Many Kiwi parents still consider smacking as acceptable

Ten per cent of parents say they frequently smack their child, meaning if discipline is needed they turn to smacking ...

Ten per cent of parents say they frequently smack their child, meaning if discipline is needed they turn to smacking more than half the time.

Children's Commissioner Andrew Becroft says there is no doubt the 2007 "anti-smacking" law change has worked to protect children.

His comments come after a report showing a third of Kiwi kids are still smacked by their parents. 

Ten years on from the repeal of section 59 of the Crimes Act in 2007 – the "anti-smacking law" driven by MP Sue Bradford – which removed the defence of "reasonable force" for adults who smacked their children, a longitudinal study shows many parents still use physical discipline as a form of punishment.

Then-MP Sue Bradford was the driving force behind the "anti-smacking law".

Then-MP Sue Bradford was the driving force behind the "anti-smacking law".

The University of Auckland's study Growing up in New Zealand has released its Now We Are Four report which reveals worrying statistics happening behind closed doors in New Zealand homes.

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The report showed a third of mothers used smacking as a form of punishment and regularly shouted at their children. One in 10 parents said they frequently smacked their children.

Three per cent of Kiwi kids regularly witnessed arguments between their parents which included physical violence.

One in every 12 mothers reported "exploding with anger" at their children frequently.

Before he became children's commissioner, Becroft was the country's Principal Youth Court Judge.

He said some of the cases which passed under section 59 before the law change could only be described as beating.  "Even the law as it is does not require police to prosecute when the smacking is considered inconsequential. But what I do stand by is that there are more appropriate ways to enforce boundaries and to provide guidance.

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"I think all parents know deep down there are better ways. There are good strategies and help that can be available for any parents...but I think there's a significant challenge in New Zealand for us to do better for our families," he said.

Becroft said many of the statistics in which New Zealand needed to improve - such as bullying, abuse and violence - could be traced back to family life and the home environment.

As a parent he said he knew there were times when all parents fell short and felt ashamed. "All parents love their children. Parenting is an inherently stressful business... the bottom line is we can do significantly better and we want to do better."

Shine client services manager Jill Proudfoot said a small smack as a form of discipline could often lead to more intense violence. "There's a continuum of violence that starts with a little smack and escalates. If they continue defying you then you have to hit harder and harder and do more serious things to control them."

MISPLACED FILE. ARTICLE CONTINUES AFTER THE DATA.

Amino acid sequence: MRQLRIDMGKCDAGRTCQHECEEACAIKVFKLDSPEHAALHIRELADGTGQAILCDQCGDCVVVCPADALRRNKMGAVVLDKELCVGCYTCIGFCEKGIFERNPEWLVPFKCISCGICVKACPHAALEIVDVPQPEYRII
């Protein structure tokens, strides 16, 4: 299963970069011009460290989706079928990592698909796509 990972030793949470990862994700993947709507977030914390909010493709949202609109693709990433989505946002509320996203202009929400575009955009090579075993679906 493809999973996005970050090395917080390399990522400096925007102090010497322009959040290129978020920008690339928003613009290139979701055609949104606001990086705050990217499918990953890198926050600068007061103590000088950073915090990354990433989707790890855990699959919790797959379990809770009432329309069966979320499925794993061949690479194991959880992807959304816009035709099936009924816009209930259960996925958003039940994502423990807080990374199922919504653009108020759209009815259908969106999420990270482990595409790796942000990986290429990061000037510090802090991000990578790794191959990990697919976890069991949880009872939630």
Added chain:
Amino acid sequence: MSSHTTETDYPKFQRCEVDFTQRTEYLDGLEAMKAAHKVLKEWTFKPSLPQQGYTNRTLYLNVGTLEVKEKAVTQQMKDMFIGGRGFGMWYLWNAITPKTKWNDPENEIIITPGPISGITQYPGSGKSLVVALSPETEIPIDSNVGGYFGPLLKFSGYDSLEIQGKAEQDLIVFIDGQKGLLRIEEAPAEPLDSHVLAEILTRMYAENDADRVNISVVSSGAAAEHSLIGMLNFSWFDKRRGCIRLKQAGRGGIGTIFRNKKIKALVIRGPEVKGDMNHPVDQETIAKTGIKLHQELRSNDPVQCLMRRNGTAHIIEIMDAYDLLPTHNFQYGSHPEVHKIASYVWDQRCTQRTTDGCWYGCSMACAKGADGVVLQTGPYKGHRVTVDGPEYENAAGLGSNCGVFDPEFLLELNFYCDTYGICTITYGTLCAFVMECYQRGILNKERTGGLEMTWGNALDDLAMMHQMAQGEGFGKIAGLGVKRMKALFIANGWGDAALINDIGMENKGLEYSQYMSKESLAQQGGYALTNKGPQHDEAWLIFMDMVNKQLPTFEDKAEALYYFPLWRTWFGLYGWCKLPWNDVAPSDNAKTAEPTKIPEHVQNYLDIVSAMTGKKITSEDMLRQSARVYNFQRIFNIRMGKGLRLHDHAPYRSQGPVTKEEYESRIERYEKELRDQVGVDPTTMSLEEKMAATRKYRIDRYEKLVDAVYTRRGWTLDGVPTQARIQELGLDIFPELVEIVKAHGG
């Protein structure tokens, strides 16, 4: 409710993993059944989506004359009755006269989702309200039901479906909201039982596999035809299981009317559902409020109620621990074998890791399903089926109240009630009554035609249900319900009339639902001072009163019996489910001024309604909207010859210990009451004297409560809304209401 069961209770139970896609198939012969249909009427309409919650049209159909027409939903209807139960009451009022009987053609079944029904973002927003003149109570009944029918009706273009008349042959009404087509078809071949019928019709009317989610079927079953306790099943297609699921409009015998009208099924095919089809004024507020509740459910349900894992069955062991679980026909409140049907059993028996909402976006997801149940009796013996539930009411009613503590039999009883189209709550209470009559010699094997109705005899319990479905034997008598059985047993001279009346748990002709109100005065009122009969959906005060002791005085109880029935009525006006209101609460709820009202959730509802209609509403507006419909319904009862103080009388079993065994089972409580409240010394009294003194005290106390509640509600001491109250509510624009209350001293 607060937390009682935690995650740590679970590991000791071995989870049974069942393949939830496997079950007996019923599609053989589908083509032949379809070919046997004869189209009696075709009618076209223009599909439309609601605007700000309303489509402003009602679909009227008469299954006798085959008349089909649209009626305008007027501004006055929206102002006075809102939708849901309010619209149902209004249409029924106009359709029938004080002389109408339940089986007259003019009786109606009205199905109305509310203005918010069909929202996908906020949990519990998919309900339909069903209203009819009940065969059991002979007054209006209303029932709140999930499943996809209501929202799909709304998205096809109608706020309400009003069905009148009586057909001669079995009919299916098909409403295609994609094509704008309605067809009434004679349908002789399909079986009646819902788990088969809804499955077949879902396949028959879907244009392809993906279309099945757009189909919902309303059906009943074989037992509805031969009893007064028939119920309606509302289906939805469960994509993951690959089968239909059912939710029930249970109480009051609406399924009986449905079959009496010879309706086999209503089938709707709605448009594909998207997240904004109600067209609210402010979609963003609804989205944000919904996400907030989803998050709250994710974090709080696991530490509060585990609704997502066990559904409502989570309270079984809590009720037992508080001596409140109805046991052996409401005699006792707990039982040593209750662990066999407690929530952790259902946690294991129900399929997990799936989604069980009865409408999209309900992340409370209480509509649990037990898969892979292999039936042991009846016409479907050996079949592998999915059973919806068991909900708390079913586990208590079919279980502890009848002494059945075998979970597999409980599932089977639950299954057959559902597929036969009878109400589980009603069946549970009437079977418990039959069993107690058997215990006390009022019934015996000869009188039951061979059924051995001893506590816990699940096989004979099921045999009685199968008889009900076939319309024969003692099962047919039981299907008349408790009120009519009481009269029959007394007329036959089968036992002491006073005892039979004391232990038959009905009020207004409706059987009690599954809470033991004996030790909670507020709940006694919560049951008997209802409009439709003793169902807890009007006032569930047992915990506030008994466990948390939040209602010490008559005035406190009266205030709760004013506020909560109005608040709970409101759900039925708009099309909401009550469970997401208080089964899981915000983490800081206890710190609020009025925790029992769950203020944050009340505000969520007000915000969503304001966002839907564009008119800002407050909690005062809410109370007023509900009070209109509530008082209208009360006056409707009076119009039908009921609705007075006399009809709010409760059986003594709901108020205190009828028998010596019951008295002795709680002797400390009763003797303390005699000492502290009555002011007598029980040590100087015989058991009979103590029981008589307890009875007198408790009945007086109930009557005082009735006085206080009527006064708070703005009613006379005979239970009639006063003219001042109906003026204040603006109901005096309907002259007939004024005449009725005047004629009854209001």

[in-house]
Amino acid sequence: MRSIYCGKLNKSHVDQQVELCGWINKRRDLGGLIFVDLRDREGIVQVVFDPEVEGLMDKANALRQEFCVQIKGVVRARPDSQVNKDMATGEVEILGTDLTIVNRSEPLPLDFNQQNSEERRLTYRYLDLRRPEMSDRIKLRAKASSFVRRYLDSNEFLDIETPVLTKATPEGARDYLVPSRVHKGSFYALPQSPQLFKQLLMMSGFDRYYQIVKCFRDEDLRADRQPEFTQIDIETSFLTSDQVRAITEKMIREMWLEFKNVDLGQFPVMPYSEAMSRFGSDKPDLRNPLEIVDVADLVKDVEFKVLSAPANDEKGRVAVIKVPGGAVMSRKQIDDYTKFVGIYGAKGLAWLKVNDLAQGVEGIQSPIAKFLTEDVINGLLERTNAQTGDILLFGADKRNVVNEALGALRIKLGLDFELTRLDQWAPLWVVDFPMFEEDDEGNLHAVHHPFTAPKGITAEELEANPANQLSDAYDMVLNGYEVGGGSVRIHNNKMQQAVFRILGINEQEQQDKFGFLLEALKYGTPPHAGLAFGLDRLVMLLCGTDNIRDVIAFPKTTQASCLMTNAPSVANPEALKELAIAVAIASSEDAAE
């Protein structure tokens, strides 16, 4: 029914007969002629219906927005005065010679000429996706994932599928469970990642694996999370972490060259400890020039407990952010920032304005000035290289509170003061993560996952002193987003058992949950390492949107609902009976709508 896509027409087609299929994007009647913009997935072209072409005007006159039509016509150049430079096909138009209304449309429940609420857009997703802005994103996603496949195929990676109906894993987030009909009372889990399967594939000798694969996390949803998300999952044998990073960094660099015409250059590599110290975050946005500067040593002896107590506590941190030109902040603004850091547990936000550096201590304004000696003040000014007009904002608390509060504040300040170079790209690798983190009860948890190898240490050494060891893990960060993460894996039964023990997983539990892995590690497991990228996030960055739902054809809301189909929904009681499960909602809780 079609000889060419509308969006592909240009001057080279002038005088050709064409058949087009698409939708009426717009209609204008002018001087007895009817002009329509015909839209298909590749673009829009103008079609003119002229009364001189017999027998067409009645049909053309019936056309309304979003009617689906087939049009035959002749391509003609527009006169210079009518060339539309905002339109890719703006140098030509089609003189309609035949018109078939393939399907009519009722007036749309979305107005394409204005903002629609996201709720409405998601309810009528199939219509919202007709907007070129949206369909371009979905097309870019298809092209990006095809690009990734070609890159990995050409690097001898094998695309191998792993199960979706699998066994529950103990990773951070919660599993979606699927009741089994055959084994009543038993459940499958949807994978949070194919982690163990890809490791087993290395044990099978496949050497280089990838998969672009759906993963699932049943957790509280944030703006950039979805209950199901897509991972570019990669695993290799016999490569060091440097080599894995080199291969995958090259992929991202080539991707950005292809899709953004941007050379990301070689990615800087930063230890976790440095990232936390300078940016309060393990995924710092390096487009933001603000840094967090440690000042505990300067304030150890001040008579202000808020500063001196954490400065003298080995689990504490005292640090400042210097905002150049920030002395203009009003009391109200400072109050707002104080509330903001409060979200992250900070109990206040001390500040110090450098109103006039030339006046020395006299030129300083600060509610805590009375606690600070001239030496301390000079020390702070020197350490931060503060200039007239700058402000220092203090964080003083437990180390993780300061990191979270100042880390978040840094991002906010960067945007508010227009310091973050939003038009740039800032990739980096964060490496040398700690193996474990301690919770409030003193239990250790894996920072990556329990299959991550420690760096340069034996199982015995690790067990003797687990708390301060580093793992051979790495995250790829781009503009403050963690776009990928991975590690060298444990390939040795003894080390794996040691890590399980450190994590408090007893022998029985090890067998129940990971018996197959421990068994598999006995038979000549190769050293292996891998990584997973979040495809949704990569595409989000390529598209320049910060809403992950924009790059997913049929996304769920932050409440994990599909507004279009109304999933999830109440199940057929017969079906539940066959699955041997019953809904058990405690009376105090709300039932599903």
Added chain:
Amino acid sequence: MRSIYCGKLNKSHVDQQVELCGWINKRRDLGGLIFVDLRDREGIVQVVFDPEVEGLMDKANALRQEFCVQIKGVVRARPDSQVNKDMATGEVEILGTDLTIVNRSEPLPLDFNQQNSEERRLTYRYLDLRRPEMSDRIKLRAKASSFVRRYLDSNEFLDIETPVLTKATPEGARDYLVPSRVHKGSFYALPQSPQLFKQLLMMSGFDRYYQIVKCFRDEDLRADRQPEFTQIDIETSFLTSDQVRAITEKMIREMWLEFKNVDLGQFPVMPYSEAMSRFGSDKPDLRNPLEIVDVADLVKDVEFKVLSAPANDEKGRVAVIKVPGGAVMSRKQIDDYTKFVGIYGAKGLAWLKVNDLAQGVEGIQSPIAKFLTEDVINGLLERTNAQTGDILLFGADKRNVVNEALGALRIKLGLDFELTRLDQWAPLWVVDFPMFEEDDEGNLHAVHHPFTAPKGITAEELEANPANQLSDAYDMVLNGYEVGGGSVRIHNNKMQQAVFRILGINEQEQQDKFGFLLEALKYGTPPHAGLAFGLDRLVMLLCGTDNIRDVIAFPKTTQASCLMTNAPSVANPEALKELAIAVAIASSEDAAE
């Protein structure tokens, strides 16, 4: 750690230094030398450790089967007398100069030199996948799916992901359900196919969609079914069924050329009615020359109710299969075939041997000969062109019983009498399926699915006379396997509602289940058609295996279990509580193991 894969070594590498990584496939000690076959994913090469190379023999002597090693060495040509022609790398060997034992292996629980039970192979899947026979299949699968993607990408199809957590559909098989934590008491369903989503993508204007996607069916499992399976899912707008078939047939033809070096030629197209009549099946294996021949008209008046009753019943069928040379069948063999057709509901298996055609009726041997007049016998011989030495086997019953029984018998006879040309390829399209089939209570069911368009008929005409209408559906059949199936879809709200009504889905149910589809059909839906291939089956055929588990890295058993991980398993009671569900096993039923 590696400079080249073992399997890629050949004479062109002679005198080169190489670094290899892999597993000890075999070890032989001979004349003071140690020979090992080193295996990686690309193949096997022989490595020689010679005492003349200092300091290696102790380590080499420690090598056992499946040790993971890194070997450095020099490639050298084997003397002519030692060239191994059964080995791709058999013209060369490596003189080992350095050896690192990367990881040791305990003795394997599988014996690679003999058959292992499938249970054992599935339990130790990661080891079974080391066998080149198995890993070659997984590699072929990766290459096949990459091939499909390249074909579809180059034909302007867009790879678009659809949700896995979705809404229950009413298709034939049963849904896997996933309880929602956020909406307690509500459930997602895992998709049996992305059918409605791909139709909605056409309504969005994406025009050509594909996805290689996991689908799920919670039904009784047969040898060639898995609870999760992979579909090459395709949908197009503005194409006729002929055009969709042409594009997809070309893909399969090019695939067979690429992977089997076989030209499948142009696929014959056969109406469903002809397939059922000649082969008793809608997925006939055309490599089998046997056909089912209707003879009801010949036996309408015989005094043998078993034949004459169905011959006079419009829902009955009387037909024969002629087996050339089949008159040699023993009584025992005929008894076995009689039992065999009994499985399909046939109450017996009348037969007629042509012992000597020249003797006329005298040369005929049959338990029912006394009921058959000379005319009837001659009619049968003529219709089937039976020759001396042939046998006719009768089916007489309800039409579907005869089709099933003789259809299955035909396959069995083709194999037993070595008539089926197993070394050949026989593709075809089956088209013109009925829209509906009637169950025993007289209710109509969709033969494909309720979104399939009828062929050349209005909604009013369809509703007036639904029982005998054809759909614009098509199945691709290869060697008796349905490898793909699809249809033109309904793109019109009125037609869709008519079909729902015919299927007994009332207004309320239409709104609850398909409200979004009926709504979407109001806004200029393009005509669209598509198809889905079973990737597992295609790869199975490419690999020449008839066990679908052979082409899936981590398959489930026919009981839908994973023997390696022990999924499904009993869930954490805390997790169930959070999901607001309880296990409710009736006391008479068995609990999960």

She said physical discipline was strongly entrenched in New Zealand culture and while the change in legislation had helped, more resourcing was needed to support families towards better parenting practices. 

The children who were witnessing domestic violence between their parents were reported as a small group, but Proudfoot said through her work she knew children often were more aware than their parents knew.

Children who grew up being hit and witnessing violence at home often had lower confidence, feelings of hopelessness, eating disorders, issues with lashing out and thoughts of youth suicide, Proudfoot said. "It's like children in war zones, they don't know where their safety is."

She said while there was no excuse for violent parenting, life stresses such as housing pressure, financial pressure and separation from children at a young age could all contribute to a parent who was more likely to hit their children.

Shine is a national domestic abuse charity and Proudfoot said the violence she saw in hundreds and hundreds of Kiwi homes was extreme. "Homicide rates are high but the number of near-misses is astronomical."

Separate research from the Brainwave Trust, an independent research charity, shows physical discipline may bring about immediate compliance from a child but it is shown to be harmful and is associated with a range of negative outcomes. 

Growing up in New Zealand director Susan Morton said it was important to acknowledge how hard parenting could be for the current generation of parents who were dealing with a great many stresses in general life as well. 

Justice Minister Amy Adams said recently that the Government would take action on New Zealand's appalling family violence record.

She said that New Zealand topped "the world at the rate in which we beat our partners and kids. We have the highest rates of family violence in the developed world.

"This is a shameful record."

 - Stuff


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